“Our moments of inspiration are not lost though we have no particular poem to show for them; for those experiences have left an indelible impression, and we are ever and always reminded of them.”

–     Henry David Thoreau (1817 – 1862), American poet, essayist, philosopher and best known for his primary works; “Walden” and “Civil Disobedience”

I seal personal notes with a wax seal — An “H” pressed into freshly-melted Heston Group Blue wax.  It’s time-consuming and sort of a pain in the ass.  And it’s worth it.

Every note I leave my wife, kids, or closest friends includes a hand-drawn heart above and to the left of my signature.  It’s trite and quaint and every last one of those people already knows that I love them.  But it’s worth it.

A valued, trusted client of mine notates every communication with the same hashtag.  Hand-written, blog post, social media post, internal communication — heck, I’ve heard him say “hashtag get better every day” verbally.  Yes, you guessed it.  It’s worth it.

Heston!  What. Is. Your. Point?

We can be ordinary and not worthy of mention, or we can be remarkable.

Seth Godin wrote a book right before I first met him in 2003.  “Purple Cow; Transform Your Business By Being Remarkable” transformed my career and my life.  Seth signed the book, “Steve, Moo! From Seth.”

The book defines being remarkable as “worthy of being remarked upon.”

Still not getting it!  Focus, Blogger Boy! Focus!

Ok, look!  Drive across the USA and you’ll see a bazillion cows; black, brown or other boring cow colors…you get the picture.  But spot just one purple cow and the dinner-table conversation tonight is set.  “You will never guess what we saw today!”

All right, are you saying we should paint cows?

Pretty much, yeah.

Each day, we have multiple opportunities to become remarkable by displaying our figurative purple cows in plain sight.

We might use a wax stamp.  We might draw a heart by our signature or attach a clever hashtag.

Here’s the scary part.  Each day, we also have multiple opportunities to leave an indelible impression, and instead, we whiff, trotting out a plain-old brown or black cow that has a better chance of being dinner than being remarked upon during dinner.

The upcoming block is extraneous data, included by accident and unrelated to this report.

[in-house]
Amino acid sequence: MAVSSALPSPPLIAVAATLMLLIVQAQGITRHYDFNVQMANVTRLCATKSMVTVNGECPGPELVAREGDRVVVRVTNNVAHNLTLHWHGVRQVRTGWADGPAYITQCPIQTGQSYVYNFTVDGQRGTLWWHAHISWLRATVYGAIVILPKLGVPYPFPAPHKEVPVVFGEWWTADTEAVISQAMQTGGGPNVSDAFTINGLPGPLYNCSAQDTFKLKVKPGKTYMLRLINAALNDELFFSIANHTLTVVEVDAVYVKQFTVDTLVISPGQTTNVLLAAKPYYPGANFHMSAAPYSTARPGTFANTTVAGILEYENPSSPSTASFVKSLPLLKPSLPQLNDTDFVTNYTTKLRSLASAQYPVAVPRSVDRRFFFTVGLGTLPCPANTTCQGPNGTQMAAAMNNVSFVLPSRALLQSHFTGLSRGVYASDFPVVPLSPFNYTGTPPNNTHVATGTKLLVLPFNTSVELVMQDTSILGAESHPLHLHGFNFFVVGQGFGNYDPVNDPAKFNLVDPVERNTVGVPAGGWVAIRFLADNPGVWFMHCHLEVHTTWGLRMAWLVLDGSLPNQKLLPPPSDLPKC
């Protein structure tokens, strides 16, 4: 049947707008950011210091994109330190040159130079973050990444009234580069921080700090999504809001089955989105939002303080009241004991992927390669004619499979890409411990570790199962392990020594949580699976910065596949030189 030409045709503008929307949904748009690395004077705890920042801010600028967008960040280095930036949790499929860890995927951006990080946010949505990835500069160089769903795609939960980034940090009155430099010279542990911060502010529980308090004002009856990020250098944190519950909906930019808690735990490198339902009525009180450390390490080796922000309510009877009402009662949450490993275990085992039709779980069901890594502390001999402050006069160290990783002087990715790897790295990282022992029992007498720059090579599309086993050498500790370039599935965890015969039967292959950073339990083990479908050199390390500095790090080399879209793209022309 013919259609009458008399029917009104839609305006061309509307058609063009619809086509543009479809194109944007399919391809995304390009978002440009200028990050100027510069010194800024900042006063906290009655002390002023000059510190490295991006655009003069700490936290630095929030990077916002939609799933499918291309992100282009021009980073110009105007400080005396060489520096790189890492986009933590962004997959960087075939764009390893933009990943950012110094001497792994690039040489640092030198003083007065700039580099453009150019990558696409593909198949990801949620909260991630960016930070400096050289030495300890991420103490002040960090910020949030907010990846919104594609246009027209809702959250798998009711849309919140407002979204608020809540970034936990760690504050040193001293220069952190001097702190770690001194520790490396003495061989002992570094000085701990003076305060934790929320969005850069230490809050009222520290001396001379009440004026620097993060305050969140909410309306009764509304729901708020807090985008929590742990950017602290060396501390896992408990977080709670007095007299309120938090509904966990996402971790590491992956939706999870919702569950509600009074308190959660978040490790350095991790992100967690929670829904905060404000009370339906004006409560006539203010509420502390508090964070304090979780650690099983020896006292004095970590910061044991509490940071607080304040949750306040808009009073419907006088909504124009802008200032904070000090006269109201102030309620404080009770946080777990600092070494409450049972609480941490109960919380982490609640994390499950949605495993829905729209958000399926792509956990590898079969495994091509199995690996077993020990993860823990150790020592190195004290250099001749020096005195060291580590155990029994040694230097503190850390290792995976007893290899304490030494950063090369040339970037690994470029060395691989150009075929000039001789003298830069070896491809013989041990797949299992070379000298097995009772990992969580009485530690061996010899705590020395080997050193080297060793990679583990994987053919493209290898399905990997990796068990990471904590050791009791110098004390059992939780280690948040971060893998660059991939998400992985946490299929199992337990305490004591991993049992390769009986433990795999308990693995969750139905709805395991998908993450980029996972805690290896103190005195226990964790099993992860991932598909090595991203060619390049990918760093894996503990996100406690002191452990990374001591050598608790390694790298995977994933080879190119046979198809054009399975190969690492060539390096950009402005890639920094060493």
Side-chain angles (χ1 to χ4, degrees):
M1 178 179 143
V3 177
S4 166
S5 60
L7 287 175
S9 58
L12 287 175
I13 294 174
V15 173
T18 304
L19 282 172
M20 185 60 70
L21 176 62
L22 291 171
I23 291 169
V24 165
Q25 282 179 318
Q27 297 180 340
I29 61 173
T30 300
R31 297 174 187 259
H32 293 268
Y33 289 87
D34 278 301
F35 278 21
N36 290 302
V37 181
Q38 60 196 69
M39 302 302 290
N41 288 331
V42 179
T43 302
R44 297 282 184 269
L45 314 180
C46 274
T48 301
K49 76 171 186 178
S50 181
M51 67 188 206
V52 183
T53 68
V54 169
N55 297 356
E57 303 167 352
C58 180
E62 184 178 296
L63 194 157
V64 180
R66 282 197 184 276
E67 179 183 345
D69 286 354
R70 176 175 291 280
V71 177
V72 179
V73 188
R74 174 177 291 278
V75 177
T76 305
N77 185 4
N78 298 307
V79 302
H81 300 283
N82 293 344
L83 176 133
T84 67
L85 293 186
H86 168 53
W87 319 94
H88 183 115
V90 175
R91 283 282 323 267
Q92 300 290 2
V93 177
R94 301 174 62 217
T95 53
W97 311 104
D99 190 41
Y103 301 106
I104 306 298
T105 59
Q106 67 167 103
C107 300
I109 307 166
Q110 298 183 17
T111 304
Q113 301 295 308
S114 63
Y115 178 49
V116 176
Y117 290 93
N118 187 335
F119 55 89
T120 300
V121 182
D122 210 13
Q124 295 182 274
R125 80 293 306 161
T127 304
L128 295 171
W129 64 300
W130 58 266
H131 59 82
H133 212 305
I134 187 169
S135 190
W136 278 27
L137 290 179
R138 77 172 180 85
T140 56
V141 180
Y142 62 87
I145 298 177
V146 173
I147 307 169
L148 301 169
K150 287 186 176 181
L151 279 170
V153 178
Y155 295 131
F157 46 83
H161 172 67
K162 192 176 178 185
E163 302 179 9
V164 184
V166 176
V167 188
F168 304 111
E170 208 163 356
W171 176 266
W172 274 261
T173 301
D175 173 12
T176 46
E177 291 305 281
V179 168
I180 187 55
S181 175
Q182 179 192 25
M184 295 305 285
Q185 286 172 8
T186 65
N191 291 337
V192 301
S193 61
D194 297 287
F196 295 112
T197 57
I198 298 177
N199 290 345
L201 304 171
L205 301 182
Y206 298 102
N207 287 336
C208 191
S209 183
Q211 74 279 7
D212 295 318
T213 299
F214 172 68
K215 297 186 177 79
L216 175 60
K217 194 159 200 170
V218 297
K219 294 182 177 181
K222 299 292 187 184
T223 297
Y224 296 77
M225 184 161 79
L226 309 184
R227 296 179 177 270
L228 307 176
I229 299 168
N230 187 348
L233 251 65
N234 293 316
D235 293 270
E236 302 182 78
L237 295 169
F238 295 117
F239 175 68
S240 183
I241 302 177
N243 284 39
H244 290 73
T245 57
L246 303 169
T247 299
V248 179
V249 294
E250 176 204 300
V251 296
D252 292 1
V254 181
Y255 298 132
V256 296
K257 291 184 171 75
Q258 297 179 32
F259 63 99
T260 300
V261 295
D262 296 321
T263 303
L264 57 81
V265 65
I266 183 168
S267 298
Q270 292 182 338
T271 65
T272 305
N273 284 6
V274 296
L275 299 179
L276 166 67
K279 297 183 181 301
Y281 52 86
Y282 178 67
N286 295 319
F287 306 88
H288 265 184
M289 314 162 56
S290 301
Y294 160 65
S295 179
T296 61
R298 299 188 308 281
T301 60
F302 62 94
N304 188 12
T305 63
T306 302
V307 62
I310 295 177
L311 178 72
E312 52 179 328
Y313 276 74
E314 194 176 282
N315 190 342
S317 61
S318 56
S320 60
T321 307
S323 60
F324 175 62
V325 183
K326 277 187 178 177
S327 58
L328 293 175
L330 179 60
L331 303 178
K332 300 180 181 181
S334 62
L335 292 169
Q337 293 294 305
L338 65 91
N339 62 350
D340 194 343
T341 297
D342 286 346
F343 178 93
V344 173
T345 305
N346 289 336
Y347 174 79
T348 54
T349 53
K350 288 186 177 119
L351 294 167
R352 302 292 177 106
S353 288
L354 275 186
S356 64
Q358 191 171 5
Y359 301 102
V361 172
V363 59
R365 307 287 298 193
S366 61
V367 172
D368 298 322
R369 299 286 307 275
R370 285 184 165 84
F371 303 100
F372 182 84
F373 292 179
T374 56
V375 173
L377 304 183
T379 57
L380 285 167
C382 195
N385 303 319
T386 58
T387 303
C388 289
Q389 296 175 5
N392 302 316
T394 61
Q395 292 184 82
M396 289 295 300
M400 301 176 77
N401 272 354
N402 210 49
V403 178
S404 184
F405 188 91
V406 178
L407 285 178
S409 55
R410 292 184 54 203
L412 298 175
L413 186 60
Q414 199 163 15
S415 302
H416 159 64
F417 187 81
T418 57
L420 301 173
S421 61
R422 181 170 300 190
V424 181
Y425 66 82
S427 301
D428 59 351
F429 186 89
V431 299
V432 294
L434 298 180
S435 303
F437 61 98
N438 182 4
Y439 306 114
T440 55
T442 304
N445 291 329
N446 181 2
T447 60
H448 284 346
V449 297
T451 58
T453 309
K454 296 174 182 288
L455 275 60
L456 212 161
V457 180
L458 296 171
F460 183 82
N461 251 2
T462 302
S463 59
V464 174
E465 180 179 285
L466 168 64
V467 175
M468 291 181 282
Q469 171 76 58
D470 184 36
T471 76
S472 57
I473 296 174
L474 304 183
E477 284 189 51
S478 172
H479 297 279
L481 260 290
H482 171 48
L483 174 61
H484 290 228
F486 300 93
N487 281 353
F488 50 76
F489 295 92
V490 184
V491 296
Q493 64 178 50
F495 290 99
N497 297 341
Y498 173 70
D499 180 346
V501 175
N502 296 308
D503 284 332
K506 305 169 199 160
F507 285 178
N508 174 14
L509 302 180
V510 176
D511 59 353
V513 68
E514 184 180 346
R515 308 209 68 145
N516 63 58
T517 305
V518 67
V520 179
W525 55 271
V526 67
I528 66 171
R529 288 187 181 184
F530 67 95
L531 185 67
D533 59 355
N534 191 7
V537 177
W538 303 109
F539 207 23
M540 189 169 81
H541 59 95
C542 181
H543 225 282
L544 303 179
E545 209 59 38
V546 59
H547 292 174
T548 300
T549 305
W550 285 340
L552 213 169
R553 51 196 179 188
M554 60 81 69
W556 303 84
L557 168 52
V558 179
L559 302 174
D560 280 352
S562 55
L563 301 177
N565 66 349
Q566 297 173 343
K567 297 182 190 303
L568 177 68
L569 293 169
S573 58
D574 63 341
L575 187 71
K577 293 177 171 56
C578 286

“Sigh,” you’re thinking. “For crying out loud, dude, we’re busy!  We don’t do it on purpose!”  Of course not, but we do it, nonetheless…

We might use bad grammar, misspell a word.  We might slump our shoulders, show up three minutes late for a meeting, or not pay attention, even if we’re on time. We might miss a deadline.  Not only will those indelible impressions undermine all the wax seals, kept-promises, hearts, and hashtags, they’re also easily avoidable.

Alternatives to decorating bovines…

Download Grammarly.  Set your watch ahead or, better yet, manage your day so that you’re never late.  Read up, yes, study before each meeting and come better prepared and better informed than anyone else.  In other words, one lazy, careless or unintended impression kills all the work that went into painting our cow a lovely shade of Waukee Warrior Purple.





That’s up to you.  What will you do with this concept to make a difference?

Role Play

“Role-playing games are contests in which the players usually cooperate as a group to achieve a common goal rather than compete to eliminate one another from play. Role-playing games bring players together in a mutual effort.”

–          Gary Gygax (1938 – 2008), American author and game designer, co-creator of Dungeons & Dragons

Wait!  Even though the post runs a little long today, I gotta get these three things off my chest first…

  1. I am at least a little panic-stricken about what a post titled “Role Play” might bring me via SEO.  Just sayin’…
  2. I know absolutely nothing about Dungeons & Dragons.  If you locked me in a dungeon with a dragon, I would still not make the connection.
  3. #2 doesn’t matter, because this statement from Gary Gygax is brilliant! He should have been a sales leader.

We play the way we practice…

If you’re in the business of selling for a living, your success will occur directly in correlation with how much time you and your teammates spend role-playing.  Lest we get into a “does not, does too” argument, I will resist dropping the mic there.  (Oh, man I am SO tempted to drop the mic…)

When a prospect objects because ____________, we risk being caught flat-footed and ill-prepared if we’ve never role-played the scenario.